Quote of the Day: "It will be of little avail to the people that the laws are made by men of their own choice, if the laws be so voluminous that they cannot be read, or so incoherent that they cannot be understood; if they be repealed before they are promulgated, or undergo such incessant changes that no man who knows what the law is today can guess what it will be tomorrow." -- James Madison (1751-1836), Father of the Constitution, 4th US President, Source: "Federalist" # 62
Politicians have a standard cure for every problem -- REGULATION. But what happens when there are so many regulations that not even the regulators can know them all, or understand what their consequences are? A case in point . . .
Widespread reliance on credit rating agencies, and a lack of knowledge about how those agencies were regulated, were major contributors to the 2008 financial meltdown.
Just this one example (explained in our sample letter below) is enough reason to reject the so-called financial reform bills being put forward by Barney Frank and Chris Dodd. Complicated regulations helped cause the 2008 mess, and they are NO part of the solution.
You may borrow from or copy from this sample letter . . .
Wall Street is already the most regulated sector of the economy. Too many regulations means that even the regulators don't know them all. Jeffrey Friedman of the Cato Institute shows how this helped cause the 2008 financial meltdown. http://www.cato.org/pubs/policy_report/v32n1/cpr32n1-1.html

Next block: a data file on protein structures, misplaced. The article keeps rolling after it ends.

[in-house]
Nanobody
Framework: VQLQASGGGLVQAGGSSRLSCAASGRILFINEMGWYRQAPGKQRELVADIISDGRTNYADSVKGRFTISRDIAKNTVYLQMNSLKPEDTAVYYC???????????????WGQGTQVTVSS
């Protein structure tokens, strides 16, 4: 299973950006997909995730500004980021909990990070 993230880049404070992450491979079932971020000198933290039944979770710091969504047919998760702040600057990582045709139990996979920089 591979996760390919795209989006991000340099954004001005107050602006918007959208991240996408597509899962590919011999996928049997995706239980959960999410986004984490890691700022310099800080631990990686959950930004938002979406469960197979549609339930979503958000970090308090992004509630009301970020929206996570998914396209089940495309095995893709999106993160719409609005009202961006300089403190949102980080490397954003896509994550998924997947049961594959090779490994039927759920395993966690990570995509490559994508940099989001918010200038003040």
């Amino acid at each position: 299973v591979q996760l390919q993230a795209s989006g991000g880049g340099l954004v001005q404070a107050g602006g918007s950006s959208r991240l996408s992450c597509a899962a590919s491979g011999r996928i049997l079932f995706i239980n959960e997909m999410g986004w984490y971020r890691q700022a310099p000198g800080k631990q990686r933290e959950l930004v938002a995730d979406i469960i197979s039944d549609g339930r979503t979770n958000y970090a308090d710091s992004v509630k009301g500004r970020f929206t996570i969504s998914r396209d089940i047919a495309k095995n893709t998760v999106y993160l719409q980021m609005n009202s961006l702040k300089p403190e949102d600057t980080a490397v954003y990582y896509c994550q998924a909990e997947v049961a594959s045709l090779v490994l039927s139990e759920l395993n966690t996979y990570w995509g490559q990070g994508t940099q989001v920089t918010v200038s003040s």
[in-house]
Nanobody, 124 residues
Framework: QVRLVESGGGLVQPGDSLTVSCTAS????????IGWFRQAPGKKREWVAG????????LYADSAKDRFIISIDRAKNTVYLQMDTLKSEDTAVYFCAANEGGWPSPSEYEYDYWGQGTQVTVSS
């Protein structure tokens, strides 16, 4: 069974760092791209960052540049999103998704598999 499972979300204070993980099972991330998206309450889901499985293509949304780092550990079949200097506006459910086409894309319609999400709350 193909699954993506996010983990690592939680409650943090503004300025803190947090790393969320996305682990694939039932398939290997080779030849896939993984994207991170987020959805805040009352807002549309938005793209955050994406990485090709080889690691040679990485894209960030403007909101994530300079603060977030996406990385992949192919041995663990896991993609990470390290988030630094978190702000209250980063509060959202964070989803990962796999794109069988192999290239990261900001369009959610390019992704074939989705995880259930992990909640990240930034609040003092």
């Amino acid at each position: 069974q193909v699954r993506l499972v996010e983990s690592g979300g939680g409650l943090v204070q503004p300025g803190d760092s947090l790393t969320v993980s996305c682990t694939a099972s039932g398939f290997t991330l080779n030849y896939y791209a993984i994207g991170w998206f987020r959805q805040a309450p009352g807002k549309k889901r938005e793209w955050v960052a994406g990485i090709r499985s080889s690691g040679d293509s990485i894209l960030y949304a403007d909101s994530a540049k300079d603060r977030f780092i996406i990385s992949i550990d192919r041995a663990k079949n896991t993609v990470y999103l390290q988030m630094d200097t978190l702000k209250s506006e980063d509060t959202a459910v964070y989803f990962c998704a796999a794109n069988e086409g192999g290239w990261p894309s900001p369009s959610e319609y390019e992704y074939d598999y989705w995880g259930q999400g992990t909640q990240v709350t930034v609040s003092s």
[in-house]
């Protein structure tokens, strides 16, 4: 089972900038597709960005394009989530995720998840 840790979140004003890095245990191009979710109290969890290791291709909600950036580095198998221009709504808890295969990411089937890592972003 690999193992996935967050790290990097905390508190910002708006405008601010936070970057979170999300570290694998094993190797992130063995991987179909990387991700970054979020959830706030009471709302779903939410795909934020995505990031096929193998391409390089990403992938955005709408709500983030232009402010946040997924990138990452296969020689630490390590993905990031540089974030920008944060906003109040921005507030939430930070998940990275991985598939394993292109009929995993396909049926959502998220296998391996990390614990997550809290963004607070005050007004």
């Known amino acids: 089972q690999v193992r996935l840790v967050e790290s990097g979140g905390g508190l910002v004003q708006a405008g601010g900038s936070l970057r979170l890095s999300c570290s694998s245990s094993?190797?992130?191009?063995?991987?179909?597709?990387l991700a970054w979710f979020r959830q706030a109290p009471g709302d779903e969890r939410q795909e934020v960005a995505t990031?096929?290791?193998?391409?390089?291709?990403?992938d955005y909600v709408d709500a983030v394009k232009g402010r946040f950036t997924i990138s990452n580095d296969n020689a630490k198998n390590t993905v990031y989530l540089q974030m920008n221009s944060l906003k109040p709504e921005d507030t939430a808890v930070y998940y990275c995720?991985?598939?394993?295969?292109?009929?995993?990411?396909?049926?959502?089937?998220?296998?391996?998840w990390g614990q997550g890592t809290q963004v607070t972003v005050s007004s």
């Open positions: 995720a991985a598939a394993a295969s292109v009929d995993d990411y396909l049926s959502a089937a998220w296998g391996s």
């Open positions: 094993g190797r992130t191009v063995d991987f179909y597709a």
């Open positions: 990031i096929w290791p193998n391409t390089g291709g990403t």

It appears that both the banks and the Federal Reserve were unaware that a 1975 SEC rule turned S&P, Moody's, and Fitch into a legally protected oligopoly, protecting them from competition from other rating agencies!
* Commercial banks believed in the soundness of the ratings from these agencies
* Other federal regulators wrongly believed S&P, Moody's, and Fitch were subject to "market discipline"
* But because these agencies were actually protected from competition, they got sloppy, and provided unreliable ratings
* This caused many financial institutions to purchase bad mortgage pools
In other words . . .
Regulators were unaware of the regulations! So how will MORE regulations help?
New regulations constantly address "the unintended consequences of previous regulations." They never really fix anything.
Instead of over-regulating the economy, strike at the root with real reform . . .
* End subsidies and bailouts -- make companies feel the consequences of their actions
* Stop creating monopolies, as you did with the credit rating companies
More regulations cause chaos, confusion, and catastrophe. Freer markets promote caution, transparency, and long-term growth. Therefore, I want you to oppose the Frank-Dodd financial reform bill.
Thanks for being part of the Downsize DC Army.